Sometimes, it’s something as simple as the human touch that can make your dog feel safe. Whether your dog is submissive or takes on the role of an intimidator, when he’s feeling unsafe, he may go to you for protection. On the other hand, Moore says:
“Not sure if a scared dog would lie on a person’s feet. They are more apt to want to hide behind the person or if small, beg to be picked up off the floor and cradled in the person’s arms.”
Some dogs feel insecure around strangers and will lean against their humans in the presence of others. This type of behavior is called a “displacement signal,” but other such signals include lip licking, yawning, and avoidance of eye contact.
Leaning may help your dog settle in times of stress, so it’s essential to look at the circumstances surrounding the moments your dog leans on you. This will help you determine clues as to why he is doing it. Often the simple answer — that he is seeking reassurance from you – fits best.
We do know for sure that every dog is unique, so how they deal with situations may vary. Next time your dog falls asleep at your feet, take note of how he is laying. If your dog is sleeping on his side, exposing his belly, he likely trusts that you are there to keep him safe. This position would be unheard of in the wild as it would put the dog in peril.
Staying warm is a basic need, and one of the most heartwarming experiences is when a dog snuggles close to share your body heat. This behavior is learned early on when puppies pile on mom into a big puppy pile. They quickly learn, however, to position themselves near mom’s tail, so that they don’t get crushed should she roll over in her sleep.
Pugs and Shih-Tzus were once royal lap dogs and foot warmers. Some were even referred to as “sleeve dogs,” because they cuddled up in the ample sleeves of royal garments to stay warm as well as provide warmth to their companions.
Studies using fMRI (functional magnetic resonance imaging) have shown that dogs favor the smell of their human over anyone or anything else, food included! One might extrapolate from this that dogs love us, and sitting on our feet is just another way for them to get closer. It probably doesn’t hurt that when your dog sits on your feet or leans against you, you reward him with loving kisses and scratches.
Should You Allow Your Dog to Sit on Your Feet?
Whether your dog is sitting on your feet because he is cold, he wants to claim you as his own, or he is feeling a bit insecure, allowing this behavior shows your dog support, love, and reassurance. Your dog looks to you to meet his basic needs, and this feeling of contentment confirms to him that he holds an important position in your life.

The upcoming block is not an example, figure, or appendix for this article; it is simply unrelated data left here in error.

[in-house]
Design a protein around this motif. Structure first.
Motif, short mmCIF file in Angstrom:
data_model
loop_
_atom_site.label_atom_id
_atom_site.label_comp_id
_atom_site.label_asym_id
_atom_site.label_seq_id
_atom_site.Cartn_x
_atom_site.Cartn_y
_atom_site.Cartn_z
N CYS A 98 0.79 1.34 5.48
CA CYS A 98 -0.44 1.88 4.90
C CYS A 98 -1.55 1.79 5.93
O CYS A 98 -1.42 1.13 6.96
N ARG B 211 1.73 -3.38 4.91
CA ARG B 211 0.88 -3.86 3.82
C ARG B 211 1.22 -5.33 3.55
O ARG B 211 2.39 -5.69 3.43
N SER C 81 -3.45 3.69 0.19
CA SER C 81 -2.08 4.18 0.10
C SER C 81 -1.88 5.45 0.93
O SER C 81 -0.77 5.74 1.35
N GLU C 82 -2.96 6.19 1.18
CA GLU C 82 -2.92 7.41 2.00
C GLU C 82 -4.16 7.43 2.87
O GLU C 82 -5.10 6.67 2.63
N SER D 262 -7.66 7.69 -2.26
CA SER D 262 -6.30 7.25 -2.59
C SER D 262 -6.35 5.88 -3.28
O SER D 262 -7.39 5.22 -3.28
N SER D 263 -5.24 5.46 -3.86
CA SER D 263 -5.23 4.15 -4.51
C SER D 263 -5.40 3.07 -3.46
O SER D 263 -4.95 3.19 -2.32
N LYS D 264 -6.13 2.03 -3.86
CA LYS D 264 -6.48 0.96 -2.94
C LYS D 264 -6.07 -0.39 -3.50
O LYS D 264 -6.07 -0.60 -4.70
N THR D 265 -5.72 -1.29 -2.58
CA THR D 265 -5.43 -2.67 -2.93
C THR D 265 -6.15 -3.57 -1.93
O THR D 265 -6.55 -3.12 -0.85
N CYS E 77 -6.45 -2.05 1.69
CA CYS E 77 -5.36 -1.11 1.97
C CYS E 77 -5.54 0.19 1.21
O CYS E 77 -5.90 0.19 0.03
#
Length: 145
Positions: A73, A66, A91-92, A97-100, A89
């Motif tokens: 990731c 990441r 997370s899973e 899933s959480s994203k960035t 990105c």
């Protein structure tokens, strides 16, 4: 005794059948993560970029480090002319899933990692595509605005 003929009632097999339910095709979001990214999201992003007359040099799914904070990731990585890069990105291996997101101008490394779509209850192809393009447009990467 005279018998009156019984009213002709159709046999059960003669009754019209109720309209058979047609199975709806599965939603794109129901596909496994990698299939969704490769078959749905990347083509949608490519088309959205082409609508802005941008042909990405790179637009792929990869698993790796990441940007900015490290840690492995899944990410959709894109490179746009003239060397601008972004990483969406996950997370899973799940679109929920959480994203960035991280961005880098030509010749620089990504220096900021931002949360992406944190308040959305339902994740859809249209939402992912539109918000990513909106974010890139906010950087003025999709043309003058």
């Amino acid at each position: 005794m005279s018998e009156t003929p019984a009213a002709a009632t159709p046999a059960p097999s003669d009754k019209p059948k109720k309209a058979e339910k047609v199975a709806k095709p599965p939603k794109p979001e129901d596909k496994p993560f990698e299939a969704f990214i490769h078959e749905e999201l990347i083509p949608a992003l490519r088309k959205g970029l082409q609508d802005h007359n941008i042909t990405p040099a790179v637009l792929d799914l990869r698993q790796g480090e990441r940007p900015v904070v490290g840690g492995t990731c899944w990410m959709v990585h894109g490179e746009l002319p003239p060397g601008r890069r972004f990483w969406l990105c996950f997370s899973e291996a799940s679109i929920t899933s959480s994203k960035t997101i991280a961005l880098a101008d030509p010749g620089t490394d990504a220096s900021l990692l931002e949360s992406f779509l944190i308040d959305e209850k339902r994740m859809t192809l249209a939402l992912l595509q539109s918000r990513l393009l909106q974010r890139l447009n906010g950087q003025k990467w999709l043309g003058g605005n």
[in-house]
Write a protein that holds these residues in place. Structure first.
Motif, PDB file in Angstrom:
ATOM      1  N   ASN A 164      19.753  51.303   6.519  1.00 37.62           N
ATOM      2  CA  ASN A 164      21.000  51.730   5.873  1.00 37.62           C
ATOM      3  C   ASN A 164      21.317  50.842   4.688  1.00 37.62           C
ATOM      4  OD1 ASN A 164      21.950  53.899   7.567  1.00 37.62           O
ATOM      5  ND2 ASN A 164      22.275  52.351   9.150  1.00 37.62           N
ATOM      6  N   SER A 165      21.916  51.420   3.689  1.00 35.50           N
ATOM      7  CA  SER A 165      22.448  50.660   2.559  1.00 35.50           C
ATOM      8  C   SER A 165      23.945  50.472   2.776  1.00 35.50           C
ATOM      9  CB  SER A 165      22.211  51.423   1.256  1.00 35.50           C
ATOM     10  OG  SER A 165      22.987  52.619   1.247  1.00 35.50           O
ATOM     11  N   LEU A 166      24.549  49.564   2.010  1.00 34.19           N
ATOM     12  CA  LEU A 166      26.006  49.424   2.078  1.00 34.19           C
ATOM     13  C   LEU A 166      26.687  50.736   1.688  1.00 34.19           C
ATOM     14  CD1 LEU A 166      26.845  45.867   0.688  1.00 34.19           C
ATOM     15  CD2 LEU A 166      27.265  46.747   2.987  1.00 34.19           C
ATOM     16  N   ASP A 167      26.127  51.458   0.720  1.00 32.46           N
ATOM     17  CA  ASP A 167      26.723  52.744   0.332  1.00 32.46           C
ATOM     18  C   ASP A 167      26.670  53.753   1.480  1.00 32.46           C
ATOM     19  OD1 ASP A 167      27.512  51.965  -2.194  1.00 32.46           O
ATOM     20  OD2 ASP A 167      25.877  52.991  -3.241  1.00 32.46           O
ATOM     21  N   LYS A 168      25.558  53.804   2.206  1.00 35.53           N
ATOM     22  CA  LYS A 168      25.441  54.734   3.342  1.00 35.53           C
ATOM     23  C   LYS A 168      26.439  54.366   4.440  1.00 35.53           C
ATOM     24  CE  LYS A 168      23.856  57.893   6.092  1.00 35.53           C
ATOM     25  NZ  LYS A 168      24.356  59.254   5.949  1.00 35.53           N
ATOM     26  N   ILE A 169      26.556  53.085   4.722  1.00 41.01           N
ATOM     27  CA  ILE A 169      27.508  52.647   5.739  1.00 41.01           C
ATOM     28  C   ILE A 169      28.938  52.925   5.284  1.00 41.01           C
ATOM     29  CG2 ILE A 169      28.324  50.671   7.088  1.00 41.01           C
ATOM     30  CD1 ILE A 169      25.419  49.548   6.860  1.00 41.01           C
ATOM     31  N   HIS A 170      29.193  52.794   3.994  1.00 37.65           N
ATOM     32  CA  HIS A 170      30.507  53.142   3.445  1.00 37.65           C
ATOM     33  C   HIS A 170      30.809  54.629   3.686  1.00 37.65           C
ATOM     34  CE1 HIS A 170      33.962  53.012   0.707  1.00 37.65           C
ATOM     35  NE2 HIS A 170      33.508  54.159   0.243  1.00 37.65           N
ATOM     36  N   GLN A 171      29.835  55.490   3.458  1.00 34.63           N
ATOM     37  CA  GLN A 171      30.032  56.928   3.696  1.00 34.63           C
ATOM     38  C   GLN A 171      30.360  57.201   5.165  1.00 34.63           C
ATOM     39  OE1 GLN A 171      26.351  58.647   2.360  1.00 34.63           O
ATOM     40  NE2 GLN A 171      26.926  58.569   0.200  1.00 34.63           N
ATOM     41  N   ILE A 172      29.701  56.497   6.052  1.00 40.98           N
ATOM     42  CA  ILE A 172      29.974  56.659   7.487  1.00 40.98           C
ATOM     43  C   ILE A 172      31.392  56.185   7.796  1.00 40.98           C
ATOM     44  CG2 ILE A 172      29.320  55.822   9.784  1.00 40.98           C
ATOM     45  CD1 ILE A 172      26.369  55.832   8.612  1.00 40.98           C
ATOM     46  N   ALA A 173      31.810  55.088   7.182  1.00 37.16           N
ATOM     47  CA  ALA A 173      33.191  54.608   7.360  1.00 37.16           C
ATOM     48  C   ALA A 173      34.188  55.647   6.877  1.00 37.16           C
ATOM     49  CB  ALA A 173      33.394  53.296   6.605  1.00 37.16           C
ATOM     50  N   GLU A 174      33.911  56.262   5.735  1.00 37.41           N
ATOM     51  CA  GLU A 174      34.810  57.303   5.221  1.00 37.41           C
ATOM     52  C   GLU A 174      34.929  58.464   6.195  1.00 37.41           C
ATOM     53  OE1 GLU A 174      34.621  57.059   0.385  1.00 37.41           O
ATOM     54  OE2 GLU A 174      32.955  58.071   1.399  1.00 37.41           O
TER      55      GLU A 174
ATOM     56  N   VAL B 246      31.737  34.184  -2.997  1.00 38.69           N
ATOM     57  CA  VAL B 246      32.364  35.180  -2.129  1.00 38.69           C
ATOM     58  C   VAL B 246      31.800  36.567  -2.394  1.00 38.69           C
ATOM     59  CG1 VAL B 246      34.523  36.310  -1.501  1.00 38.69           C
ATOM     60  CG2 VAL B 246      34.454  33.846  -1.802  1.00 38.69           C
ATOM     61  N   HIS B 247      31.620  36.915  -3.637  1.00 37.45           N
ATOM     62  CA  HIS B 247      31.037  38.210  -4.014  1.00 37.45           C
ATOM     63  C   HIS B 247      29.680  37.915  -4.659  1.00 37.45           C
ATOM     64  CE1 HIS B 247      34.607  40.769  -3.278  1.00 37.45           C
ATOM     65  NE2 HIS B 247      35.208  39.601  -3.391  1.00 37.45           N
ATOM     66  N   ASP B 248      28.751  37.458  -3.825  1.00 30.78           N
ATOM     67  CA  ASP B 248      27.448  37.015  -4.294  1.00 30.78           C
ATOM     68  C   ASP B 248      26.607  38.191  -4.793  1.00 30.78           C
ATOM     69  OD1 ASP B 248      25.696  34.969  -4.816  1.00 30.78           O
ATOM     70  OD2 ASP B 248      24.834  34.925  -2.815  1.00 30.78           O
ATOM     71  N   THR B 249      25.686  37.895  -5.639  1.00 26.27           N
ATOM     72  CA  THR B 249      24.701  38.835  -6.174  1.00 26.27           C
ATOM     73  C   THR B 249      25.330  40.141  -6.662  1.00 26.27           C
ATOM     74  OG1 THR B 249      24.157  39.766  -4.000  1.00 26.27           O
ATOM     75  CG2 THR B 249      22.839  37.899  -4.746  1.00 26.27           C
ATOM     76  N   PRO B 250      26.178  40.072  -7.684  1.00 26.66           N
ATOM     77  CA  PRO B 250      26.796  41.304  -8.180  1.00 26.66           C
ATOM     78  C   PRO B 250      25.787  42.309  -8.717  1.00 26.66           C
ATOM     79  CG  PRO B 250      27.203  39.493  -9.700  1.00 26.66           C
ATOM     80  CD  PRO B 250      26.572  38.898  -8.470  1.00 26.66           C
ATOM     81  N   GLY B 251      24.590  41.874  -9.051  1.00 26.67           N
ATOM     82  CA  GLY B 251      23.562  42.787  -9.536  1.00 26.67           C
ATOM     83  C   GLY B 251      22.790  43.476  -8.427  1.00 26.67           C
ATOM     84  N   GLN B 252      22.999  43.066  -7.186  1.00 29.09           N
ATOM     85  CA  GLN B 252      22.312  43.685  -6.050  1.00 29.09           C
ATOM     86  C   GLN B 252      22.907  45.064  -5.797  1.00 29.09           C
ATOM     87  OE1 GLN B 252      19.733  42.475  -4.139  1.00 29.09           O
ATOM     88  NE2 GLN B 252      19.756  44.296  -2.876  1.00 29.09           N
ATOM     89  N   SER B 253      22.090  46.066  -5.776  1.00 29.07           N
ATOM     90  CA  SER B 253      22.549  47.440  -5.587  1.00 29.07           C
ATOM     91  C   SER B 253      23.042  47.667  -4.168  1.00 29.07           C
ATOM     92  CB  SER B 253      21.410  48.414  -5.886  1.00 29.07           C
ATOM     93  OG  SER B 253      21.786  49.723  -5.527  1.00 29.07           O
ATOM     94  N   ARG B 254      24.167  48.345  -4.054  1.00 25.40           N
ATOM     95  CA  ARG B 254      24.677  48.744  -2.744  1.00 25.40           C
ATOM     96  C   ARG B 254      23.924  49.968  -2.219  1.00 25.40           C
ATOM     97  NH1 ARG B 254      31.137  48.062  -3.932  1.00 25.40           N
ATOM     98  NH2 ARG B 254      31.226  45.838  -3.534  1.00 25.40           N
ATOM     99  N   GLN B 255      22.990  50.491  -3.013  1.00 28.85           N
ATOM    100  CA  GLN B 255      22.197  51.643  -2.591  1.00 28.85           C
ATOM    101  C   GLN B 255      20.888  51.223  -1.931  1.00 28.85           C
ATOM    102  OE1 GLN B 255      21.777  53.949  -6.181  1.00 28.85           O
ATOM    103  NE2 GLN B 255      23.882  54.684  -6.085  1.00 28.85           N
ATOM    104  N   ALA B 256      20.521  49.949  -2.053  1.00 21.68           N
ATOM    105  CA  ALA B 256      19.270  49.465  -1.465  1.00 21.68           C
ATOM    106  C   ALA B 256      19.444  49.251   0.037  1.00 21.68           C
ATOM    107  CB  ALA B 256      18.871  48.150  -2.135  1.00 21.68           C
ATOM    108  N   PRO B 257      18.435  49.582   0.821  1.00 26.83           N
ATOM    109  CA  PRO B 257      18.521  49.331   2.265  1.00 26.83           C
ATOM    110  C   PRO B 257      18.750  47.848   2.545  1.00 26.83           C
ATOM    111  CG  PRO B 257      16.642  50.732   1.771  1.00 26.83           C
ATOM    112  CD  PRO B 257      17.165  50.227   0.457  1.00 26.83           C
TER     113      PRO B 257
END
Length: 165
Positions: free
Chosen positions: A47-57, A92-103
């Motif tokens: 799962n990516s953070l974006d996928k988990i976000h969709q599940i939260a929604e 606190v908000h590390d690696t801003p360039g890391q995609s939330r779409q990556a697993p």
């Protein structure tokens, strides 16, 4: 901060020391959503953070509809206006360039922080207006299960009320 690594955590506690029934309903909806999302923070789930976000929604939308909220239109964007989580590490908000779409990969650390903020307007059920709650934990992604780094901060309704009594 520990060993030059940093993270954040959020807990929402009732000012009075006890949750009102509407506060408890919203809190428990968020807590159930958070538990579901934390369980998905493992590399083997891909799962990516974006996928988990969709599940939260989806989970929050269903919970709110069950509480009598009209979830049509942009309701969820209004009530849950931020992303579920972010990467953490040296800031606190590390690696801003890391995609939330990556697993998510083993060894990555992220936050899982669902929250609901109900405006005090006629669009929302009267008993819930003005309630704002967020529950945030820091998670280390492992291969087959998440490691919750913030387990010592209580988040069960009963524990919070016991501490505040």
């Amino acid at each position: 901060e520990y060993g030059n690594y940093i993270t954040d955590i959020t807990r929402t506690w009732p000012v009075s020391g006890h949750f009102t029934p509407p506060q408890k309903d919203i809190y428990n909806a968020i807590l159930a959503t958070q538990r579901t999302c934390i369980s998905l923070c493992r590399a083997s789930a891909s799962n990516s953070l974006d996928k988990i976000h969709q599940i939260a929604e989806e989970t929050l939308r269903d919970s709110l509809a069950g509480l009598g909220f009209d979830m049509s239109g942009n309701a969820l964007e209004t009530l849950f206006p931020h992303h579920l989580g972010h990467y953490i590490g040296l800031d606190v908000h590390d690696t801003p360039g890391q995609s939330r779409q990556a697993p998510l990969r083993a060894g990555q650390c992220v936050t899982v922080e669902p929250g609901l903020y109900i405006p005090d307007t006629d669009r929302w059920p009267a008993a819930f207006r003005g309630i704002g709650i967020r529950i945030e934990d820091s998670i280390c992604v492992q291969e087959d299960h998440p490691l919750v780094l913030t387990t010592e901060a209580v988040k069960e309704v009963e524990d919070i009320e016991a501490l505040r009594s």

If for some reason, however, you are not comfortable with having your dog sit on your feet or lean against you, don’t encourage the behavior by cuddling or petting your dog. Moore advises:
“Stand up! Stand up and move, and train the dog to ‘settle’ by going to a cozy dog bed near the person or if approved, jump up on the sofa with the person.”
Alternate training techniques include tossing treats away from you and teaching your dog to stay at a distance. Whatever method you choose, do it with kindness. Make sure to provide positive reinforcement, as the dog’s motive to be near you comes from a place of goodness.
Whether it’s sitting on your feet, laying on your lap or leaning against you, a dog’s motivation is to provide comfort, feel secure and protected, maybe even protect, and claim you as their own! The love or feel-good hormone definitely plays a role, but most importantly, your dog sits on your feet because he is trying to connect with his best friend, and doing so helps us too.
According to a 2017 study done by Bark Box,
- 85% of dog people say their pup helps them cope with stressful events during the holiday season, including being around difficult family members (46%), arguments among family (33%) or going to extended family’s house (22%).
- 40% of dog people have taken their dog for a walk or played with them to escape family during the holidays.
- 43% are more excited to see their dog or their family dog during the holidays than their human family members.
Be grateful for your canine foot warmer, and as you wonder why do dogs lay on your feet, tell yourself that whatever the reason, it may be one of life’s grrreatest joys!
DENISE FLECK is an award-winning author, animal care instructor and radio show host. She was named one of Pet Age Magazine’s “Women of Influence” for 2018, a “Most Inspiring Story” in 2017 by Voyage Atlanta Magazine and has been nominated for 6 Dog Writers Awards to be announced in early 2019.Read more »